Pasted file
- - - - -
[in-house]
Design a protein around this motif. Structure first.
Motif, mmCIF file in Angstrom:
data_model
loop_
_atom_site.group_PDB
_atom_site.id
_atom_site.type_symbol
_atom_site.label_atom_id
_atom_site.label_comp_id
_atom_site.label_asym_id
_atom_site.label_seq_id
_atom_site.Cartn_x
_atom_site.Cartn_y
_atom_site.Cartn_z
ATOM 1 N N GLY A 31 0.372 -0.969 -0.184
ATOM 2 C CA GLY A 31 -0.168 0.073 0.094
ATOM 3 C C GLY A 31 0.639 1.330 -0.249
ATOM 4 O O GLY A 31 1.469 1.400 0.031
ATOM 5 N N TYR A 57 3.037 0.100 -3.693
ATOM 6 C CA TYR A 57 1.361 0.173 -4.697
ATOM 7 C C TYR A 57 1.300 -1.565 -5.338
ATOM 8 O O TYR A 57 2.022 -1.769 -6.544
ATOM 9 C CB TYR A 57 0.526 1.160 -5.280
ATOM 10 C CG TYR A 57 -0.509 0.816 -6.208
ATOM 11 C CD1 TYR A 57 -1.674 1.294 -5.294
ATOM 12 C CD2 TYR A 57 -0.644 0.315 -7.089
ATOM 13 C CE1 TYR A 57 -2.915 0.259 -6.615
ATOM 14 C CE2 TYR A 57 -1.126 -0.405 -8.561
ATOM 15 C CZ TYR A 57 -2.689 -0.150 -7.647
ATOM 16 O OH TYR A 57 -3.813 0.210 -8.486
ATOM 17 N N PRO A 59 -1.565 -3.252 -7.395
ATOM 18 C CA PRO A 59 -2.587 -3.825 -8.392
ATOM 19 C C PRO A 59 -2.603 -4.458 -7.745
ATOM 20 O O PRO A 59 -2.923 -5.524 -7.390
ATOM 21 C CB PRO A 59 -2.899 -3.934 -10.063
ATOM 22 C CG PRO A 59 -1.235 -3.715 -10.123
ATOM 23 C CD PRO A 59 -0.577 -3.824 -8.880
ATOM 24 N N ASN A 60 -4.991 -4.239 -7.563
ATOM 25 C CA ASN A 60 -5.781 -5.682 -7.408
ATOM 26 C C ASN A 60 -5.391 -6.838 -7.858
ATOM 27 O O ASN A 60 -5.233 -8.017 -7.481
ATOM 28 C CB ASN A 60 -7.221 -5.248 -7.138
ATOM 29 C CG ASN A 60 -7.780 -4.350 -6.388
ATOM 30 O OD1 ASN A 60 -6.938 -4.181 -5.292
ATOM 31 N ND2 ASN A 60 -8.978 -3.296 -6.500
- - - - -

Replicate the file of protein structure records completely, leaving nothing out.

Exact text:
[in-house]
Design a protein around this motif. Structure first.
Motif, mmCIF file in Angstrom:
data_model
loop_
_atom_site.group_PDB
_atom_site.id
_atom_site.type_symbol
_atom_site.label_atom_id
_atom_site.label_comp_id
_atom_site.label_asym_id
_atom_site.label_seq_id
_atom_site.Cartn_x
_atom_site.Cartn_y
_atom_site.Cartn_z
ATOM 1 N N GLY A 31 0.372 -0.969 -0.184
ATOM 2 C CA GLY A 31 -0.168 0.073 0.094
ATOM 3 C C GLY A 31 0.639 1.330 -0.249
ATOM 4 O O GLY A 31 1.469 1.400 0.031
ATOM 5 N N TYR A 57 3.037 0.100 -3.693
ATOM 6 C CA TYR A 57 1.361 0.173 -4.697
ATOM 7 C C TYR A 57 1.300 -1.565 -5.338
ATOM 8 O O TYR A 57 2.022 -1.769 -6.544
ATOM 9 C CB TYR A 57 0.526 1.160 -5.280
ATOM 10 C CG TYR A 57 -0.509 0.816 -6.208
ATOM 11 C CD1 TYR A 57 -1.674 1.294 -5.294
ATOM 12 C CD2 TYR A 57 -0.644 0.315 -7.089
ATOM 13 C CE1 TYR A 57 -2.915 0.259 -6.615
ATOM 14 C CE2 TYR A 57 -1.126 -0.405 -8.561
ATOM 15 C CZ TYR A 57 -2.689 -0.150 -7.647
ATOM 16 O OH TYR A 57 -3.813 0.210 -8.486
ATOM 17 N N PRO A 59 -1.565 -3.252 -7.395
ATOM 18 C CA PRO A 59 -2.587 -3.825 -8.392
ATOM 19 C C PRO A 59 -2.603 -4.458 -7.745
ATOM 20 O O PRO A 59 -2.923 -5.524 -7.390
ATOM 21 C CB PRO A 59 -2.899 -3.934 -10.063
ATOM 22 C CG PRO A 59 -1.235 -3.715 -10.123
ATOM 23 C CD PRO A 59 -0.577 -3.824 -8.880
ATOM 24 N N ASN A 60 -4.991 -4.239 -7.563
ATOM 25 C CA ASN A 60 -5.781 -5.682 -7.408
ATOM 26 C C ASN A 60 -5.391 -6.838 -7.858
ATOM 27 O O ASN A 60 -5.233 -8.017 -7.481
ATOM 28 C CB ASN A 60 -7.221 -5.248 -7.138
ATOM 29 C CG ASN A 60 -7.780 -4.350 -6.388
ATOM 30 O OD1 ASN A 60 -6.938 -4.181 -5.292
ATOM 31 N ND2 ASN A 60 -8.978 -3.296 -6.500